18 Mar Another Way To Help Breweries Now – Cook With Their Beer
With restaurants and breweries closed for the time being, there are two things Indiana craft drinkers are learning to do more of – drink at home and cook. I wholeheartedly recommend that you order carryout from your favorite brewpubs and restaurants, but it’s tough financially to eat out every night. So how can we do as much as we can? Try cooking with the beer of a local brewery.
Make a list of your local breweries that are doing carryout or delivery of beer (they can deliver beer you know, it falls under their small brewer’s permit) and see what beers they have for sale now. Then look at your larder, what’s on the shelves of the local grocery, and what you can get from carryout of the neighborhood deli. Can you find a way to cook something using that beer? Sure you can, and we’re here to help.
Hoppier beers are good for cooking with foods that are higher in sugars, they balance the hops just like malts do in balanced beers. Caramelizing onions with some IPA works well. Hoppy beers also work to give a bit of bite to rich or creamy foods, like cheese dips and some stews/soups.
Malty beers can add body and sweetness to spicy food or some more umami (meaty) dishes), like chili or pot roast. Malty beers, like porters and stouts, are also good for baking with.
I’m going to make a huge generalization here, but malty beers are usually darker, and hoppy beers are often lighter. This doesn’t work great for things like hoppy barleywines or hoppy reds, and malty beers like white stouts or golden ales also muddy the waters a bit, but basically you can follow that plan.
As such, lighter colored beers (especially light lagers) are good for fried foods. They’re also good for poaching or steaming fish and seafood Highly carbonated beers (often light lagers and fruity beers that are bottle conditioned) are good for making batters. Darker beers work better for meats, cakes, and heavier foods, even dark breads.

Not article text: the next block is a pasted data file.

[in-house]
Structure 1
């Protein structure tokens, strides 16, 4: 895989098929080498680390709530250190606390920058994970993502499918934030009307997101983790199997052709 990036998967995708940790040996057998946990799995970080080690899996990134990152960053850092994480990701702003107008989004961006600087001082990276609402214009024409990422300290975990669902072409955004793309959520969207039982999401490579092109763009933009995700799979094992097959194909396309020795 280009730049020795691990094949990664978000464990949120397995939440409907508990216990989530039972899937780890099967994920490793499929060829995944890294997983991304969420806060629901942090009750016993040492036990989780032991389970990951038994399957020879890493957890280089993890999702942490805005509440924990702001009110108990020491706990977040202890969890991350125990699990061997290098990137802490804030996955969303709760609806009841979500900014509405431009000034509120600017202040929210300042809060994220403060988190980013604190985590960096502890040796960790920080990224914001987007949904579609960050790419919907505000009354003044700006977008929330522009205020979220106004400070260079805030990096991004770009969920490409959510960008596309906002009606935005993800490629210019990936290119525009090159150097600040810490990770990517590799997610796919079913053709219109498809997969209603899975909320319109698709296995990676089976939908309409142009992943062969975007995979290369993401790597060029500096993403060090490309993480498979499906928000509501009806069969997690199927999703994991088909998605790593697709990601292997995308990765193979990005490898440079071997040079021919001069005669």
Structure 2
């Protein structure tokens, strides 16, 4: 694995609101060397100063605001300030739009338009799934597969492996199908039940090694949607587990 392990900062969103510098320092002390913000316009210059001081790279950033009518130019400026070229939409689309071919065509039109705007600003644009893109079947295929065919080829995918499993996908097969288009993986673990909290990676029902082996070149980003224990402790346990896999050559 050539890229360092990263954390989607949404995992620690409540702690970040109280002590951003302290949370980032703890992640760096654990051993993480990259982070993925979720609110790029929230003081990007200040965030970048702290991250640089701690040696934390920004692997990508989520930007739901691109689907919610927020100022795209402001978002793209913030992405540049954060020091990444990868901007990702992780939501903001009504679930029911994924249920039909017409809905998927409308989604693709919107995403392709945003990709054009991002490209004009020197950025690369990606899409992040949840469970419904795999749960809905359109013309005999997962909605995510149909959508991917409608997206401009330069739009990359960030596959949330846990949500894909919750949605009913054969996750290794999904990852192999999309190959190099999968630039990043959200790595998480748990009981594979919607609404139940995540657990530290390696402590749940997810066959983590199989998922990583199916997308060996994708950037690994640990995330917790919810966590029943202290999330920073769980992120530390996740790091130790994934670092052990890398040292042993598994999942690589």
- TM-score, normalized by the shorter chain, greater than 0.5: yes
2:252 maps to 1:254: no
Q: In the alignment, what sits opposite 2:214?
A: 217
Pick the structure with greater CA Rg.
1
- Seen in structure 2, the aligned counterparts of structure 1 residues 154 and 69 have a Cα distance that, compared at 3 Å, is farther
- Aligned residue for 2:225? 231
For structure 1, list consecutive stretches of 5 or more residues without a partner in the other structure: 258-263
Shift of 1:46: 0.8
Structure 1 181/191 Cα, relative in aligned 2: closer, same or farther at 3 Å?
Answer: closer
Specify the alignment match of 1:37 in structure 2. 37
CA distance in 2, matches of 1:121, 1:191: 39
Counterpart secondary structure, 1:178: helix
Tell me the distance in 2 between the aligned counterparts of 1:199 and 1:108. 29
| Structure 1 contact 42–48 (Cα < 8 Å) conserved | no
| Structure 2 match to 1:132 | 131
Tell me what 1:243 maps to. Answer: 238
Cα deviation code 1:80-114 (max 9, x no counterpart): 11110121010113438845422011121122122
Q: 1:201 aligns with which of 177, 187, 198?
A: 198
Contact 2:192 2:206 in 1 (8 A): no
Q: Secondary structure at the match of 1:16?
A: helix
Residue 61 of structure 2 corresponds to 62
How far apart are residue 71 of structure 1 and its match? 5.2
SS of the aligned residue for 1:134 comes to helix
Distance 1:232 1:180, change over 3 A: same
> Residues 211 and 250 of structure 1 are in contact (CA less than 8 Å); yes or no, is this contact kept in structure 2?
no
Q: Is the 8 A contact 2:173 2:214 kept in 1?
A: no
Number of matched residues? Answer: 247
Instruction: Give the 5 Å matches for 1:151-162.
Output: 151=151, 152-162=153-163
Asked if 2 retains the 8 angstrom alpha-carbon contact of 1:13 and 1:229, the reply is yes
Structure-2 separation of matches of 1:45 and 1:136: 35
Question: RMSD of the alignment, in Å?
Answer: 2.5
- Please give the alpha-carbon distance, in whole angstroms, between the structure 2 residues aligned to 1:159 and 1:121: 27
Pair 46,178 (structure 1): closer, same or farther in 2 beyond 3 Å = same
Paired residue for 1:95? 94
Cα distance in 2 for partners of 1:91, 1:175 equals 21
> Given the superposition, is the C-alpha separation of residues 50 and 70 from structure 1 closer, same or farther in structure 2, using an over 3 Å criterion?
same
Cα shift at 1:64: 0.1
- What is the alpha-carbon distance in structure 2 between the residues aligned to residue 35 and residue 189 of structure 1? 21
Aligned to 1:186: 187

Recipes often call for wines, and in many cases, these can be replaced with beer – light ales and wheats for white wines, while darker, maltier beers can substitute for red wines. Other recipes call for beer – they might even suggest a style in the name – Chocolate stout cake – but when they don’t, the style best used is suggested by the points we made above. However, and this is important, it’s tough to screw this up by picking the wrong beer; if you’d drink it on its own, you can cook with it in pretty much any situation.
If a recipe doesn’t call for beer or wine, look for places where you can swap out pretty much any water-based liquid with beer. Cooking rice? Many chefs will tell you to use stock instead of water, but a medium bodied ale will work even better. Basting liquid, egg poaching liquid, liquid for boiling pasta – these can all be done using beer in place of some or most of the water.
Go ahead, enhance with your dinner tonight and help out a local brewery at the same time. Glaze some fish or candify your carrots with a local scotch ale or export porter. Roast your pork by basting with an ESB. Steam some mussels with an IPA, or make a vinaigrette for your grilled shrimp with an Australian champagne ale. The chances to cook with beer most definitely go beyond stout chili and beer can chicken (although those are always good).
We should always buy local beer, but especially right now while the breweries are forced to be closed. They need our help, or they might not be there when this is all over. If a recipe you devise using local beer works out well, let everyone know on social media – they don’t have much to do either. We need to turn this into something that will stick around longer than the pandemic.
Update: Tonight for dinner Walter and I made a pot of French Onion soup using 2 pints of King of the Castle Scottish Ale from Bad Dad Brewery. We subbed soy sauce for the worchestershire and used havarti cheese over the top. Not so bad if I do say so myself.
banner image credit: Brews Cruise